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Angela Davis Still an Activist

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A current photograph of Angela Davis, professor emerita at the University of California, Santa Cruz (Courtesy photo)

A current photograph of Angela Davis, professor emerita at the University of California, Santa Cruz (Courtesy photo)

At 71, the Freedom Fighter Battles On

by Stacy M. Brown
Special to the NNPA from the Washington Informer

Say the name Angela Davis and, depending upon with whom you speak, a range of opinions, emotions and thoughts automatically ensue.

But, to hear the famed political activist speak, it’s easy to understand why she has become one of the most prominently known fighters against oppression in America and around the globe.

“A lot of civil and human rights activists of the ’60s and ’70s are no longer with the movement but that’s not the case with Angela Davis. She’s still on the front lines,” said David Leonard, chair of the Washington State University’s Department of Critical Culture, Gender, and Race Studies, where Davis recently spoke to a sold-out audience.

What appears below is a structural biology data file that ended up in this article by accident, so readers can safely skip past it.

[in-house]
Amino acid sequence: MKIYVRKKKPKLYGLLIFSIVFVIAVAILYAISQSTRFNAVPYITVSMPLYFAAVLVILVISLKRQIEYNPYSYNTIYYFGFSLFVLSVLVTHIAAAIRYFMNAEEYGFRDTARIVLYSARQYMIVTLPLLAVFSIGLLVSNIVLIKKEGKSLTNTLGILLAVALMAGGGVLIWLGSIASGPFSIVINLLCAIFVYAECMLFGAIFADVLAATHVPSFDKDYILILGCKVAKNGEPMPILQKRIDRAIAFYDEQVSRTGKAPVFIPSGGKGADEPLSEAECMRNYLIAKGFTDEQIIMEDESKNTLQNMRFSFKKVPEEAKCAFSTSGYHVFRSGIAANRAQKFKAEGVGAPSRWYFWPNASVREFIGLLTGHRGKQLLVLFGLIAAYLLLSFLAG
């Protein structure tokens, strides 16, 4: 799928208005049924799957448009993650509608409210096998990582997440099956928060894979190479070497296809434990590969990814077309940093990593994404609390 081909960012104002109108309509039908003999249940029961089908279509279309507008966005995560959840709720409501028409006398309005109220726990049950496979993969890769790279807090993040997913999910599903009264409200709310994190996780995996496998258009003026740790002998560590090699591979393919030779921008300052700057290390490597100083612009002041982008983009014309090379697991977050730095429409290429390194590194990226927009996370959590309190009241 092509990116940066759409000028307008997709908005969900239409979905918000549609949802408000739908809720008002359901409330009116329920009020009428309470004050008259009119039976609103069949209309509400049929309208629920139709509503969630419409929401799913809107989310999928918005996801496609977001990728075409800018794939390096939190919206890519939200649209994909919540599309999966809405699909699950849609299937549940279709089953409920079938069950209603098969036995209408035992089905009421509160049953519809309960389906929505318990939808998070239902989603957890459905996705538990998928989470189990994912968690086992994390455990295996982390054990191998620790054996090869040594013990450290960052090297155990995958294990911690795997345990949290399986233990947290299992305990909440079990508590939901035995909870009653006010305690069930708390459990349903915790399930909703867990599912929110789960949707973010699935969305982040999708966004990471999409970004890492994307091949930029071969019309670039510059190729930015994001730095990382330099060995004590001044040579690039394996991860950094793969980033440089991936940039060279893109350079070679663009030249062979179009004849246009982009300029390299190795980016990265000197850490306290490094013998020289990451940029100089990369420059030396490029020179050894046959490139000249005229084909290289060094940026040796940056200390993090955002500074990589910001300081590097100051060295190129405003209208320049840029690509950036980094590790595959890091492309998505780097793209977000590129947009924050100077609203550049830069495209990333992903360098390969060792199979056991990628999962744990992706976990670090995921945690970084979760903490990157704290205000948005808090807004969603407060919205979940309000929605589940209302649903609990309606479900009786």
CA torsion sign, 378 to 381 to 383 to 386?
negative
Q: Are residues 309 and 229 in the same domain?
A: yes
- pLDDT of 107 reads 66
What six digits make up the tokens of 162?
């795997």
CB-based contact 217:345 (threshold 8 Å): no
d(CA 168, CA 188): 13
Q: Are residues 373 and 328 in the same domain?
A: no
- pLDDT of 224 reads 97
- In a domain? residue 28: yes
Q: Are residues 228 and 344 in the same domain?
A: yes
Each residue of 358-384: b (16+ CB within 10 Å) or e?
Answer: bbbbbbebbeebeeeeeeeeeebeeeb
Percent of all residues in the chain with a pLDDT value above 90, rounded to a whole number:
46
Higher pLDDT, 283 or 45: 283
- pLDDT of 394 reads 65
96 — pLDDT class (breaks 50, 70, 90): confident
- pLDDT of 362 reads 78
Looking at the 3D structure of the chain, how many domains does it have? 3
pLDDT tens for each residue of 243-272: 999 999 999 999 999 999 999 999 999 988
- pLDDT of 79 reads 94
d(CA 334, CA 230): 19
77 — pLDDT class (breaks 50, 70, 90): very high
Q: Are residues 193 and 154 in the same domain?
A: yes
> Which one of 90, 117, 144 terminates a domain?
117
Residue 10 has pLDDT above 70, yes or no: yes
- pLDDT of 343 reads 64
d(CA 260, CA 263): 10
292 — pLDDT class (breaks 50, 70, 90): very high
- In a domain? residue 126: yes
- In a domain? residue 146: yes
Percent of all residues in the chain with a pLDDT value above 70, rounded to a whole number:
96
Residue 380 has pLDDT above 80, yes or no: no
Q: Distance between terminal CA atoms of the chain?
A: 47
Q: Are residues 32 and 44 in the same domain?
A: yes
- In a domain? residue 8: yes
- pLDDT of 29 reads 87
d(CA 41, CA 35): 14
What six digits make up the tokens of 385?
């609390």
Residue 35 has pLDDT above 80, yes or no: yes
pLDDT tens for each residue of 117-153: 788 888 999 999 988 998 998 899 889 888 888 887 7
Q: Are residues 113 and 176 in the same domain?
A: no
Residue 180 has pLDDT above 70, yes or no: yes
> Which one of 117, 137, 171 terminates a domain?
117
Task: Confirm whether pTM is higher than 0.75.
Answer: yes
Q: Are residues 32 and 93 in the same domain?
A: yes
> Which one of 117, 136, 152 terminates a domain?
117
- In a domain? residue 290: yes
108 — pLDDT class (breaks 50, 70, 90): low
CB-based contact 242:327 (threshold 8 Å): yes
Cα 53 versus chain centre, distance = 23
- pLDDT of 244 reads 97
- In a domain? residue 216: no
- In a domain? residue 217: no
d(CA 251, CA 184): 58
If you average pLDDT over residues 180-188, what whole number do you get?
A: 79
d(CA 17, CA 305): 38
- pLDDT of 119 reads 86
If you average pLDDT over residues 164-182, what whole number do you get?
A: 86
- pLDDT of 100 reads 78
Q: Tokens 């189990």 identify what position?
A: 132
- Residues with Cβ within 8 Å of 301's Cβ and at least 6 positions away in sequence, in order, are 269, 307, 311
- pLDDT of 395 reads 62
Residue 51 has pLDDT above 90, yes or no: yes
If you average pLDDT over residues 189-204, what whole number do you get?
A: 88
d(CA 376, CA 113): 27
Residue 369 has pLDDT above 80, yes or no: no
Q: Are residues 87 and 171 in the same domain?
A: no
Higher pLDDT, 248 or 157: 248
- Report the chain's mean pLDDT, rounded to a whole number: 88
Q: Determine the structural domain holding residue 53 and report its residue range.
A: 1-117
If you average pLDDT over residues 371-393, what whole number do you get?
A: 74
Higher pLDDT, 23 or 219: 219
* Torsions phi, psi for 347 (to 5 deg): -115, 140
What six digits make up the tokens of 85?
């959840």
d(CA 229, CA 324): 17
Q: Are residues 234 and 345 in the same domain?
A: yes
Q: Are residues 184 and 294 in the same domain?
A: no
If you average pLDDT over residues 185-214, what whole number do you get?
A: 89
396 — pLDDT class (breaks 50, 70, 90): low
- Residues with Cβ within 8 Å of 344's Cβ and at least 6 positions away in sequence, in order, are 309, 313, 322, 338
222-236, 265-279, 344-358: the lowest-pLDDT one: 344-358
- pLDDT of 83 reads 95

Davis, who turned 71 on Monday, Jan. 26, holds the title of professor emerita in the Humanities Division at the University of California Santa Cruz. However, 45 years ago, she held the dubious distinction of being on the FBI’s notorious “Most Wanted” list.

It turned out the charges didn’t hold and Davis, now a noted scholar, continued her work as the face of the 1970s black power movement.

In her mid-20s when she gained the national spotlight, Davis in 1969, lost her job as an assistant philosophy professor at the University of California Los Angeles (UCLA) because the state Board of Regents cited her membership in the Communist Party.

“The dismissal sparked large-scale student protests in support of Davis’s right to teach and academic freedom. Then, roughly a year later, she became a nationally hunted fugitive after the FBI linked her to the shooting deaths of four people in a Marin County courthouse,” said Linda Weiford, a writer for the Washington State University Press.